Razor clams have been always consumed in Galicia, as paid testament to by the piles of shells found in ancient Celtic and Roman dumps. Galicia’s catches have been increasing in recent years and now account for 25% of the European haul 23% of the global razor clam catch.
Commercial catches of razor clams are performed by free divers in Galicia. Just as they are in the abalone fishery of Australia, on the other side of the world. [Continued below].
Dr Jeremy Prince has developed The Barefoot Ecology toolbox, which comprises a set of user-friendly tools to effectively manage fisheries. The toolkit has been successful because it can be used directly by the fishermen to improve the health of exploited populations, and thus support their livelihoods. This has been particularly true during its application to artisanal small-scale invertebrate fisheries, like the abalone fishery of Australia.
As a former abalone diver, Jeremy has firsthand experience and accumulated knowledge about the ecology of this important marine resource. He has now been working with the abalone divers for more than 10 years, setting up processes by which the fishers conduct their own assessments. Indeed, the government uses these same self-assessments to set the annual quotas.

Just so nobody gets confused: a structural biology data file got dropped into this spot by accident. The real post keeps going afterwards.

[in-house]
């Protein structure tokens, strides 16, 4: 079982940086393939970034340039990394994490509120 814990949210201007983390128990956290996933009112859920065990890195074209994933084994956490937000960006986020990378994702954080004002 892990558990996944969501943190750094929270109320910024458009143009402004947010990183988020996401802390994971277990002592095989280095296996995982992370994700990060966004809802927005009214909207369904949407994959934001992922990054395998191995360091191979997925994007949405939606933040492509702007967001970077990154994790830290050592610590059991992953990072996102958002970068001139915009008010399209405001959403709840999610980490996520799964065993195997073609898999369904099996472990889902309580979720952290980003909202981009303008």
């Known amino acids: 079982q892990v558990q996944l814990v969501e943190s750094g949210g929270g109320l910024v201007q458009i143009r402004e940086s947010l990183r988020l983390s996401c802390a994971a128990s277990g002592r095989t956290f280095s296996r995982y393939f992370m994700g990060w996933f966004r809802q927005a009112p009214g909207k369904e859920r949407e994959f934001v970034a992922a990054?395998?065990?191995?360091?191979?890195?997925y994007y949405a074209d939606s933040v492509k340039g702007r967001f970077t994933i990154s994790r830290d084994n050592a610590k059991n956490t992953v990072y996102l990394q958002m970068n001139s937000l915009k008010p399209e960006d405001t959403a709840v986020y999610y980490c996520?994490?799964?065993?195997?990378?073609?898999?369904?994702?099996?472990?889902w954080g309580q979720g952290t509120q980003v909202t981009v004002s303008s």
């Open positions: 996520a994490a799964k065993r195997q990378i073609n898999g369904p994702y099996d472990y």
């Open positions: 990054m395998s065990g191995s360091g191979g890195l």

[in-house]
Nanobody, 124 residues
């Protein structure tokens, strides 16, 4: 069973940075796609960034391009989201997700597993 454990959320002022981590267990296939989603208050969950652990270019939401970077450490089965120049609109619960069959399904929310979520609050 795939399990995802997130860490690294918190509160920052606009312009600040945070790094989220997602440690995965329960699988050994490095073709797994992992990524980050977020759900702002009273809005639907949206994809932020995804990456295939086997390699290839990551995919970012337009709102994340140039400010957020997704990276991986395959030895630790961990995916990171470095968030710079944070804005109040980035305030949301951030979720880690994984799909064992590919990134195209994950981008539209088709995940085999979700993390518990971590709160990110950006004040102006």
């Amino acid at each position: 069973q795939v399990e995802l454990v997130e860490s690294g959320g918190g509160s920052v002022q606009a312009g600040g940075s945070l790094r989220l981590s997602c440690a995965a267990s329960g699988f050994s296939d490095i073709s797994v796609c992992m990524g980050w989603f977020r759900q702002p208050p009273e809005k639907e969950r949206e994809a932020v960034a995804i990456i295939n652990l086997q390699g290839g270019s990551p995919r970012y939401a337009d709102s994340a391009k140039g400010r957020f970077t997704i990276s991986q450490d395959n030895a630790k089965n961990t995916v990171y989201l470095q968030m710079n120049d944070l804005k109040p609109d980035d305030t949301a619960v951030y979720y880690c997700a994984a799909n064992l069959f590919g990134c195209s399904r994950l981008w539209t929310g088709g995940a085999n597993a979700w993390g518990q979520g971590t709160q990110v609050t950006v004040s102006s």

Jeremy invited me to spend the month of February in Australia developing a management tool for razor clams. The razor clam divers from Cambados and Aguiño (both partners in our case of study in Galicia) are very interested in the experience and have provided me with fishery data to be integrated in the tool.
During my first week in Australia, I will attend the annual meeting of the Western Zone Abalone Divers Association in Victoria (South Australia). This meeting will set the catch and size limits for the next year. There I will meet fishermen, researchers and government officials involved in the discussions and I hope I will learn a lot about the management processes of this fishery. I’ll let you know what I’ve learned in my next post!